* Set up a rewrite for each path which should load a file.
function my_standalone_rewrites() {
    add_rewrite_rule( '^custom-path/?', 'index.php?standalone=custom-file', 'top' );
    add_rewrite_rule( '^custom-path-2/?', 'index.php?standalone=custom-file-2', 'top' );
add_action( 'init', 'my_standalone_rewrites' );

 * Make `standalone` available as a query var.
function my_query_vars( $vars ) {
  $vars[] = 'standalone';
  return $vars;
add_filter( 'query_vars', 'my_query_vars' );

 * If `standalone` is set when parsing the main query, load the standalone file.
function my_standalone_path( &$wp_query ) {
    if ( $wp_query->is_main_query() && get_query_var( 'standalone', false ) ) {
        // Load filename.php from your child theme root.
        get_template_part( get_query_var( 'standalone' ) );
add_action( 'parse_query', 'my_standalone_path' );

You could create a page with the slug you want, and add a custom field that specifies the HTML path to output (in this example using either htmlfilepath or htmlurl as the metakey):


function maybe_direct_html_output() {
    if (is_singular()) {
        global $post;
        $htmlfilepath = get_post_meta($post->ID,'htmlfilepath',true);
        if ( ($htmlfilepath) && (file_exists($htmlfilepath)) ) {
            echo file_get_contents($htmlfilepath); exit;
        $htmlurl = get_post_meta($post->ID,'htmlurl',true);
        if ($htmlurl) {
            $html = wp_remote_get($html);
            if (!is_wp_error($html)) {echo $html['body']; exit;}

So no need for .htaccess when doing it this way... I just noticed you want to use wp-content so you could just use a relative path and simplify this to (using htmlfile metakey):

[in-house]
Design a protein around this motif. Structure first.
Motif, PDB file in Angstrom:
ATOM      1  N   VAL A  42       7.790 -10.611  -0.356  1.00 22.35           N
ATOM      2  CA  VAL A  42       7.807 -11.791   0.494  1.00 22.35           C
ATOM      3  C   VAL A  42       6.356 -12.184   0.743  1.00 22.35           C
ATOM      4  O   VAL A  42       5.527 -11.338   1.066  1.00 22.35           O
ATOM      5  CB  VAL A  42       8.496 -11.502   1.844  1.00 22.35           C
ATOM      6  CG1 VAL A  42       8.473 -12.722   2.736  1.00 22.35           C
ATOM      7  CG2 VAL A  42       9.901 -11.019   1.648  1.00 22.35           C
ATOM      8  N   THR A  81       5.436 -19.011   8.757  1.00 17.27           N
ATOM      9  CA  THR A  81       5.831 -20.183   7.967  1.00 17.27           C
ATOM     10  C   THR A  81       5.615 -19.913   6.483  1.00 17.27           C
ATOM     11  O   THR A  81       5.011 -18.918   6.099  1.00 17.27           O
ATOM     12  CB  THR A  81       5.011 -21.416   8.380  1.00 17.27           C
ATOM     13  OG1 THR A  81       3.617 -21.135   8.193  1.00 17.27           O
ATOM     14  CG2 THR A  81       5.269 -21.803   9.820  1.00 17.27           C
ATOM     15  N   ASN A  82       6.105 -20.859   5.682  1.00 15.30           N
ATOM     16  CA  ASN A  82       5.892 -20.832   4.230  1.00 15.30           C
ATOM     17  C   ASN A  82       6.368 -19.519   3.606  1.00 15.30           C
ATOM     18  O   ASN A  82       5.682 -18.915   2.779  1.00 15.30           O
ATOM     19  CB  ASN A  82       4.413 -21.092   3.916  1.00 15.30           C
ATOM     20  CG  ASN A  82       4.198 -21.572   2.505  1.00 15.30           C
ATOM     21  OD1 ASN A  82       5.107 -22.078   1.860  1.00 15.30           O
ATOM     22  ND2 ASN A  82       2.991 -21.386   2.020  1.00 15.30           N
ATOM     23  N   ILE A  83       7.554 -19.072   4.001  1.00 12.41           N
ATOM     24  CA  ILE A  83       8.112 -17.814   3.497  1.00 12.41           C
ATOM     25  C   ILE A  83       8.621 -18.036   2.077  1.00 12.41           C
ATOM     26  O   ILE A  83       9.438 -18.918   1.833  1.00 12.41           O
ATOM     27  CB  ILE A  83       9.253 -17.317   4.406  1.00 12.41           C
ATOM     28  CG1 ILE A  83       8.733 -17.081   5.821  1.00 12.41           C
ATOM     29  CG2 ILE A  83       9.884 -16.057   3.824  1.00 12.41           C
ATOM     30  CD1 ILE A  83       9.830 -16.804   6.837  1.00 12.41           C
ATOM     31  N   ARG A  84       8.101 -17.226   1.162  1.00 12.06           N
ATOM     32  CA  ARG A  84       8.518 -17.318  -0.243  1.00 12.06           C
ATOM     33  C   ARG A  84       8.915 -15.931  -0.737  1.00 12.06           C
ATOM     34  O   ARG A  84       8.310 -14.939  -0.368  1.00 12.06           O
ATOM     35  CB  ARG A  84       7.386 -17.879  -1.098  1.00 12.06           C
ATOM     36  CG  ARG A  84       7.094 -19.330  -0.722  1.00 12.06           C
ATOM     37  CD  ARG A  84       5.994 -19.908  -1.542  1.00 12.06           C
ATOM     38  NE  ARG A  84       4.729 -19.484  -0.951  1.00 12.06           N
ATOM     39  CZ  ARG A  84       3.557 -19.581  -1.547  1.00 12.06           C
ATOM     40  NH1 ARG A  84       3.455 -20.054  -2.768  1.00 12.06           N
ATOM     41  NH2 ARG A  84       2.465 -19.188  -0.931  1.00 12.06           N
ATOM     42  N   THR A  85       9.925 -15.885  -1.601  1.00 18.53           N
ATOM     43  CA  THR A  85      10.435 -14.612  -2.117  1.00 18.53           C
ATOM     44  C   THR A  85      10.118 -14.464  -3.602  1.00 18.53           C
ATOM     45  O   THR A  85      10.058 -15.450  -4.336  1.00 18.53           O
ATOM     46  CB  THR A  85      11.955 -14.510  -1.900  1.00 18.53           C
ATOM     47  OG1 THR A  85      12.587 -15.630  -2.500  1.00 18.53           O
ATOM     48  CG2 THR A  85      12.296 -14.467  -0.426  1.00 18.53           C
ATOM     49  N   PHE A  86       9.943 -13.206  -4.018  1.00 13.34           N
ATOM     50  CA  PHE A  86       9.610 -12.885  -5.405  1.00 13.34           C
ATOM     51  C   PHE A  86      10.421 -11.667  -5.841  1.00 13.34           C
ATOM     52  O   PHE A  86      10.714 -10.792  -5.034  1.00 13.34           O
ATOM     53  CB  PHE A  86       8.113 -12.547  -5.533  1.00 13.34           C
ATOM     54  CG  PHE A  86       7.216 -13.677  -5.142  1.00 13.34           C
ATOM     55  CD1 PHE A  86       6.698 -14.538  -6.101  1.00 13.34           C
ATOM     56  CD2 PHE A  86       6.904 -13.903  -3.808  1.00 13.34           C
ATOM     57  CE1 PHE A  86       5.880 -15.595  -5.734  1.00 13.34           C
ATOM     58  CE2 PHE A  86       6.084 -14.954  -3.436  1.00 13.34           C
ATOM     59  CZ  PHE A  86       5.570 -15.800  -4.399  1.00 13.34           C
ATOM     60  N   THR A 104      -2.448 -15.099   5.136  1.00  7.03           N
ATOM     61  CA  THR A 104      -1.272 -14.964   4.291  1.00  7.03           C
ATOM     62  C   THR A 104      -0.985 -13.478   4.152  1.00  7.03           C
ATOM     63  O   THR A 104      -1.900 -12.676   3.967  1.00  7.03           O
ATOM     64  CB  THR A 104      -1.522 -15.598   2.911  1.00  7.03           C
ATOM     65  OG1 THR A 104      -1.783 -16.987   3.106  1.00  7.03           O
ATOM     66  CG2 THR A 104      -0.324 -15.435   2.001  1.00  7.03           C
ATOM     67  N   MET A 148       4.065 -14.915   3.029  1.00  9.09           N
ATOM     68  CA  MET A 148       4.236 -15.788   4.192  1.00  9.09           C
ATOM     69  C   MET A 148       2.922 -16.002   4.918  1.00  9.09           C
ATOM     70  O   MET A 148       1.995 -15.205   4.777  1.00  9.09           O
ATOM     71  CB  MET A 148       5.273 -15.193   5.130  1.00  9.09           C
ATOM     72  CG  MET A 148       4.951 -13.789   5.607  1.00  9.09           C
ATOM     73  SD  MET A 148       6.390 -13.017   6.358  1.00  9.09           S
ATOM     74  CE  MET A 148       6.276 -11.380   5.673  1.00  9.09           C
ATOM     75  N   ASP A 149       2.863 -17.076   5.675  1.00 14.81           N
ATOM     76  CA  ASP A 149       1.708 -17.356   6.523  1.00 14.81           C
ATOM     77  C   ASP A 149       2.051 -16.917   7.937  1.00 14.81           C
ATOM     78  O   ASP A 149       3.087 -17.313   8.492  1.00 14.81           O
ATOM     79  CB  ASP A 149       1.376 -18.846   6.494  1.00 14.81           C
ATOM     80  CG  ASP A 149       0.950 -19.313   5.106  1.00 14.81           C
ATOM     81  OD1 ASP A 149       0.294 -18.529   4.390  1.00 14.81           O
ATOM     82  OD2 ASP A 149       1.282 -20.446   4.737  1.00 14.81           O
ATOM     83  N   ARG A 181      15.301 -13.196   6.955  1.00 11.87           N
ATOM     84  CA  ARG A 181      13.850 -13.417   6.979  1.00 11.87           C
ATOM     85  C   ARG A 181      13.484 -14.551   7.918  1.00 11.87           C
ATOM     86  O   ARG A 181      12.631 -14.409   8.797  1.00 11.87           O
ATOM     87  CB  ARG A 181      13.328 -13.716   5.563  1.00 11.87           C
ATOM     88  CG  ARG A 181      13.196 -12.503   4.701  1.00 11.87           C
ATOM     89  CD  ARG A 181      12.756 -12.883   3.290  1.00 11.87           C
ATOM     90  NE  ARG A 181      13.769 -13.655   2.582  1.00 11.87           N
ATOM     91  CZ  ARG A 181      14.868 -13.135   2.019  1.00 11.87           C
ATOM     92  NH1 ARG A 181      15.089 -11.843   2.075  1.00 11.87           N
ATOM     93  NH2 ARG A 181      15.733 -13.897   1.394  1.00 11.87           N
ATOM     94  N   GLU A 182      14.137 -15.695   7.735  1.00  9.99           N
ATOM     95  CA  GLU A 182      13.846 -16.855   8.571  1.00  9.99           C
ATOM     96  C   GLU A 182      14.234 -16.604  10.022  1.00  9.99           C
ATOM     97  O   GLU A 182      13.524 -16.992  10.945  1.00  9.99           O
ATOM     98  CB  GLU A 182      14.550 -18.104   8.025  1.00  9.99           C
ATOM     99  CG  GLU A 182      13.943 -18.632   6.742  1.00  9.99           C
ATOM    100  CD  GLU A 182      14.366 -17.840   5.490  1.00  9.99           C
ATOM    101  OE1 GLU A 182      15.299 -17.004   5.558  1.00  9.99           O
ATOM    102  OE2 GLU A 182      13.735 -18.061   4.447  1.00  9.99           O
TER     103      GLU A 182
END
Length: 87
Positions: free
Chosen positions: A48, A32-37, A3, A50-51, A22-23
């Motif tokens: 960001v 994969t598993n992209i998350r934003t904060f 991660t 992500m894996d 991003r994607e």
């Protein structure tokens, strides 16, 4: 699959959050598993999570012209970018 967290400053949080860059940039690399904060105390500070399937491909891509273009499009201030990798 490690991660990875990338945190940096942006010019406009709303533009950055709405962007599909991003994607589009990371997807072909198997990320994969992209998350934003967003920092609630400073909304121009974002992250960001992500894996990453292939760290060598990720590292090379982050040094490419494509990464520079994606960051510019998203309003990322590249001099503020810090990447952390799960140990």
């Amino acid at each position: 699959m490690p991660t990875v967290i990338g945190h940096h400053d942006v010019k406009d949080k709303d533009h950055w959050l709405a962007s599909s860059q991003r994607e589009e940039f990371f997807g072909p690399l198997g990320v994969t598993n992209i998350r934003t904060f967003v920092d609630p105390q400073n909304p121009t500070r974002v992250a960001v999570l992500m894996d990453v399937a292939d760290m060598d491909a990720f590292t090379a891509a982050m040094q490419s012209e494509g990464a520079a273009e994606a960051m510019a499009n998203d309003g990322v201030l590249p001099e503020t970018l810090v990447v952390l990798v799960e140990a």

function maybe_direct_html_output() {
    if (is_singular()) {
        global $post;
        $htmlrelpath = get_post_meta($post->ID,'htmlfile',true);
        if (!$htmlrelpath) {return;}
        $htmlfilepath = WP_CONTENT_DIR.$htmlrelpath;
        if (!file_exists($htmlfilepath)) {return;}
        echo file_get_contents($htmlrelpath); exit;

Remembering that WP_CONTENT_DIR has no trailing slash so you would enter a relative path custom field value for the page such as /raw/book-sale.html

  • I hadn't heard of creating a custom field / metakey for posts, so that's something cool for me to look into. Where are you saying that I should put this add_action statement and function definition? Thanks.
    – Ryan
    Jun 9, 2016 at 4:37
  • probably best place for customizations like this as a standalone php file in the /wp-content/mu-plugins/ directory so WordPress will always autoload it and nothing breaks if you change themes... if you want to get more elaborate with the UI you can always create your own metabox for the field with a corresponding save action, or use advanced custom fields plugin, but otherwise the custom fields metabox is more than sufficient for this task.
    – majick
    Jun 9, 2016 at 4:55

For anyone with similar problem, this free plugin has been around for a long time and does partly what is asked here (it doesn't work with PHP files). It lets you create custom HTML pages that bypass WordPress's templating system and they are called by custom URIs. https://wordpress.org/plugins/wp-custom-html-pages/

  1. Look for WP Custom HTML Pages plugin on the repository, install and activate
  2. Under Pages menu in admin panel look for HTML Pages menu item
  3. Create any number of pages and assign them custom URI. The pages are made by adding code into Ace editor.